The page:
Because of Israel’s system of proportional representation, and a low threshold for getting into the Knesset, at least 30 parties and lists competed. It has been suggested that young people going to Turkey for a drug-infested “rave” celebrating the solar eclipse, and not staying to vote for the Green Leaf (marijuana) party, prevented it from winning seats in the Knesset. Its party supporters went to the wrong party.
A likely minister in the new government, Rafi Eitan, head of the new party for penshioners (“Gil), that rose from nowhere to win seven seats, would probably be arrested if he visits the US; this 80 year-old former Shin Bet and Mossad intelligence operative was Jonathan Pollard’s handler. Eitan has been personally close to Ariel Sharon since at least 1970, but was not offered a secure seat on the Kadima list after Sharon’s stroke. He then decided to launch his own party and it drew a lot of protest votes — apparently from many young people.
Recent elections usually have a centrist party that makes a stir and then disappears. The last one of this sort was Shinui — the change party — which combined a fiercely secularist slant with a pro-market economics orientation and a moderately dovish foreign policy. Shinui was once a part of the left-wing Meretz alliance, but half went on its own in 1997 and was wildly successful in 2003 with 15 seats. It suffered internal division and fielded two separate lists in this election, neither of which got into the Knesset; most of its constituency was lost to Kadima.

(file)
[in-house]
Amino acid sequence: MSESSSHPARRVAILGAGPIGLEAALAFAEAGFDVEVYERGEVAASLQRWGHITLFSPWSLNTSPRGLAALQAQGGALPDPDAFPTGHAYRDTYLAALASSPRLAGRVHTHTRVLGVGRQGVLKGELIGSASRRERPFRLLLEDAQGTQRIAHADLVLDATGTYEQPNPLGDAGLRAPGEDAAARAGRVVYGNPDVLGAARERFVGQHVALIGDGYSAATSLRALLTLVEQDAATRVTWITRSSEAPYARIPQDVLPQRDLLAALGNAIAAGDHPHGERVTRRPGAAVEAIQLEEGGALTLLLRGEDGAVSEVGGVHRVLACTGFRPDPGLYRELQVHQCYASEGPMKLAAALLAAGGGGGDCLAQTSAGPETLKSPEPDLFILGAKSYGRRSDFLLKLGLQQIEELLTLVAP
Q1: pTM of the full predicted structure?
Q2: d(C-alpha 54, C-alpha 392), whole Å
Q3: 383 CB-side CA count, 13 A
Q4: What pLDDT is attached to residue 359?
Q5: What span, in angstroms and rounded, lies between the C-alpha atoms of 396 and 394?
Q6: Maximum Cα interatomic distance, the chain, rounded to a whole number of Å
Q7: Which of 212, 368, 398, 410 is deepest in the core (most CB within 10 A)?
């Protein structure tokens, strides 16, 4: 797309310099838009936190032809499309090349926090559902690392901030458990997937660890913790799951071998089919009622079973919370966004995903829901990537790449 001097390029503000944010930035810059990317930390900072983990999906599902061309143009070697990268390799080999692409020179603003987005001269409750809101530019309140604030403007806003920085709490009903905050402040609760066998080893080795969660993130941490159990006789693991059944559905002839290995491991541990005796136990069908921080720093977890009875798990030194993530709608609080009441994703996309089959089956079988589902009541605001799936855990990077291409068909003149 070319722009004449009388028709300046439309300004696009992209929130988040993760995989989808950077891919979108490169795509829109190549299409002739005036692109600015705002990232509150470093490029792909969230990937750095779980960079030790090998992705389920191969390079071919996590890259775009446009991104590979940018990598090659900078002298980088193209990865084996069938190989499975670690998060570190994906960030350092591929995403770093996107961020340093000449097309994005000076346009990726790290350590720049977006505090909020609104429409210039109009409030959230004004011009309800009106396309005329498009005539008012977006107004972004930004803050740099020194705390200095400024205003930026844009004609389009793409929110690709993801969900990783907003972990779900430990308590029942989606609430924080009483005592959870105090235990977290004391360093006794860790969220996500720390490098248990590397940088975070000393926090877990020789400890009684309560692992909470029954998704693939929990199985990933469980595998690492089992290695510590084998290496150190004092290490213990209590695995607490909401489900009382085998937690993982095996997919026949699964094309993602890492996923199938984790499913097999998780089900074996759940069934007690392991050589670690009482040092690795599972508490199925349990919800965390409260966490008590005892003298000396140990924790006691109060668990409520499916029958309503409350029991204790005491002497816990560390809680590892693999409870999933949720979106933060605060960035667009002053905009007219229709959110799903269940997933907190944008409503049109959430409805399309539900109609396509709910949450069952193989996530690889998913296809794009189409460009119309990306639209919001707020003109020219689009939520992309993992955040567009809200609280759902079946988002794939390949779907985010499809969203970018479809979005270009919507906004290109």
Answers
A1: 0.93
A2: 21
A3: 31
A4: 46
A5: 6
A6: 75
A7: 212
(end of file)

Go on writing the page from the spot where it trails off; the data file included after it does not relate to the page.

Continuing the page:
Kadima occupied most of the center in this election, but because it started out as the governing party, there was room for another force, with Gil, the pensioners’ party, emerging from the center as a vehicle for protest. This tendency toward protest votes may also track with a recent decline in voter participation. In 2003, 68 percent of eligible voters went to the polls — a record low for Israel until this past week, when turnout declined to about 63 percent. This is still high compared with the US, but Israel’s electorate is increasingly alienated and disillusioned.
Israel’s election system gives much too much power to small parties and narrow sectoral interests — making governing parties subject, in effect, to blackmail in a desperate effort to broaden its governing coalition to command a Knesset majority. This also divides rather than unifies Israel’s diverse population. (As votes were being counted, the sixth Knesset candidate on the Shas list was indicted for bribery.) This system should be reformed to at least raise the vote threshold to four or five percent, rather than the less than two percent of today.
We were disappointed that Meretz’s sixth candidate, a remarkable ultra-Orthodox woman named Zivia Greenfeld did not make it. She would have added spice and depth to political debates, confounding stereotypes and preconceptions.
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